This website uses cookies to ensure you have the best experience. Learn more

All The President's Men, By Woodward And Bernstein

4988 words - 20 pages

Richard Nixon's first term as president will always be connected with the Watergate scandal, the biggest political scandal in United States history. Various illegal activities were conducted including burglary, wire tapping, violations of campaign financing laws, sabotage, and attempted use of government agencies to harm political opponents to help Richard Nixon win reelection in the 1972 presidential elections. There were about 40 people charged with crimes related to the scandal. Most of them were convicted by juries or pleaded guilty. Watergate involved more high-level government officials than any previous scandal. It has been etched in the minds of millions and is still being recalled today when faced with the present day scandal of President Clinton. In All The President's Men, Carl Bernstein and Bob Woodward, former Washington Post reporters, recount, illustrate, and analyze the Watergate scandal time and their work in reporting and revealing these events for the newspaper.

The story begins on "June 17, 1972. Nine o'clock Saturday morning. Early for the telephone (13)." The telephone rings to awaken Bob Woodward. His editor wakes Woodward to inform him about a break-in at the Democratic headquarters that occurred late the previous night. The authorities arrested five men, one White House employee and four Cuban-American Miami citizens. They were found to be in the possession of high-tech surveillance and communication devices, along with hundreds of dollars, mostly in $100 bills in sequential order. In addition, the authorities also discovered two address books, a telephone number for Howard E. Hunt, consultant to the White House. The listing had small notations “W. House” and “W.H. (22).” This was the first indication that the President and his cabinet might be involved in this burglary. Woodward and Bernstein investigated this White House connection. As they delve deeper into this lead, they continuously discover larger crimes where more of the prominent White House staff was involved.

Woodward and Bernstein print all their findings in their articles in the Washington Post. The tremendous pressure on Nixon through their in-depth articles, along with the FBI’s investigations of him and his cabinet, ultimately led to the President’s resignation.

When Bernstein and Woodward were writing this book and their articles, they must have had some idea of the significance of their work. After all, they were printing a series of articles that pointed straight to the President. At this time, only one other impeachment inquiry existed, so Bernstein and Woodward’s work had to be as accurate as possible. They made sure of this through a few precautionary measures. First, they agreed never to let an article go to print unless they both fully agreed the article was worthy of printing should. When they were investigating the truth of a fact or statement, they always made sure that they checked it with at least two sources. When they made a...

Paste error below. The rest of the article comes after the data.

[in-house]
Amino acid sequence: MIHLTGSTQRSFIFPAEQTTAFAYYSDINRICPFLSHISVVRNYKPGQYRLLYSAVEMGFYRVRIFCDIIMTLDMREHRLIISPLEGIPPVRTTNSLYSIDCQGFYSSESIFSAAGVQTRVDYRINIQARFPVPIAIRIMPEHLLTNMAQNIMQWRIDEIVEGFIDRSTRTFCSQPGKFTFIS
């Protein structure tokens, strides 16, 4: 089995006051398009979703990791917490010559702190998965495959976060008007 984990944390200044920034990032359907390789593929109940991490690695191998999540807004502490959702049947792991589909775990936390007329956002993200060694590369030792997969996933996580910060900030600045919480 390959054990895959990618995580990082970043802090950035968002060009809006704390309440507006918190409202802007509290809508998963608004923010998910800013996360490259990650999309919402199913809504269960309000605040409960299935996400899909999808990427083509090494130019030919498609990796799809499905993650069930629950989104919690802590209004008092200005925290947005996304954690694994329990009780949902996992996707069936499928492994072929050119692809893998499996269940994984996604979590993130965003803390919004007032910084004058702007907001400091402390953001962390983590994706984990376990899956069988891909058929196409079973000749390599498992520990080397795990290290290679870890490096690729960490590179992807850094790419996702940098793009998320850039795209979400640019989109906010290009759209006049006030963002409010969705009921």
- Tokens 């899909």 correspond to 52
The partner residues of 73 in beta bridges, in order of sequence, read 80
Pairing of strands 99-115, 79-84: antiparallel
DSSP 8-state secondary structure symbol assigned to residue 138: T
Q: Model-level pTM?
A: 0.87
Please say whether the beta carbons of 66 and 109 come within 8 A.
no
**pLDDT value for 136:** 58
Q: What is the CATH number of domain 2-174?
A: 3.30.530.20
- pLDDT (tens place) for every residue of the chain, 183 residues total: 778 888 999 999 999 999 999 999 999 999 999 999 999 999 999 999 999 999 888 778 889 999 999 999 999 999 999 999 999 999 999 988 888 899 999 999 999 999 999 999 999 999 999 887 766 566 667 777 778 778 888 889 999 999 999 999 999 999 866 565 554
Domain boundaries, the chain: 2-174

Find Another Essay On All the President's Men, by Woodward and Bernstein

All The President's Men Movie Review

551 words - 2 pages Even thirty years after the Watergate burglaries and twenty-six years after its release, Alan Pakula's "All the President's Men" remains one of the best films ever made about the profession of journalism and its tricks. This movie is an extraordinary representation of the true account of two Washington Post reporters, Carl Bernstein, played by Dustin Hoffman, and Bob Woodward, played by Robert Redford, who helped uncover the most famous

Review of All the President's Men

955 words - 4 pages All the President's Men, written by Carl Bernstein and Bob Woodward, is an account of the events concerning the break-in at the Watergate during Richard M. Nixon's term as President. Bernstein and Woodward have the most authority to write this book, as they uncovered most of the details. During the investigation, they were both reporters for the Washington Post. As the story was unfolding in Washington D.C., they were in a prime position to

"The Final Days" by Bob Woodward and Carl Bernstein

1475 words - 6 pages "The Final Days" by Bob Woodward and Carl Bernstein"The Final Days" by Bob Woodward and Carl Bernstein is about former president Richard Nixon and his involvement in the Watergate scandal. The first part of the book deals with the first two years of the Watergate Crisis and the second half is about the final 17 days of the Nixon administration.The first part of the book deals with how Nixon dug himself deeper and deeper in the scandal through

Soda Consumption and the Risk of Stroke in Men and Women. By: Bernstein, de Koning, Flint, Recrode & Willett,

1135 words - 5 pages research all emphasize and educate readers on the possible health risks involved in the consumption of sugar-sweetened and artificially sweetened beverages. Soda Consumption and the Risk of Stroke in Men and Women. By: Bernstein, de Koning, Flint, Recrode & Willett, 2012. This article discusses the consumption of sugar sweetened beverages and how they have been seen to increase the risk of cardiometabolic disease. The researchers state that

All the Mice and Men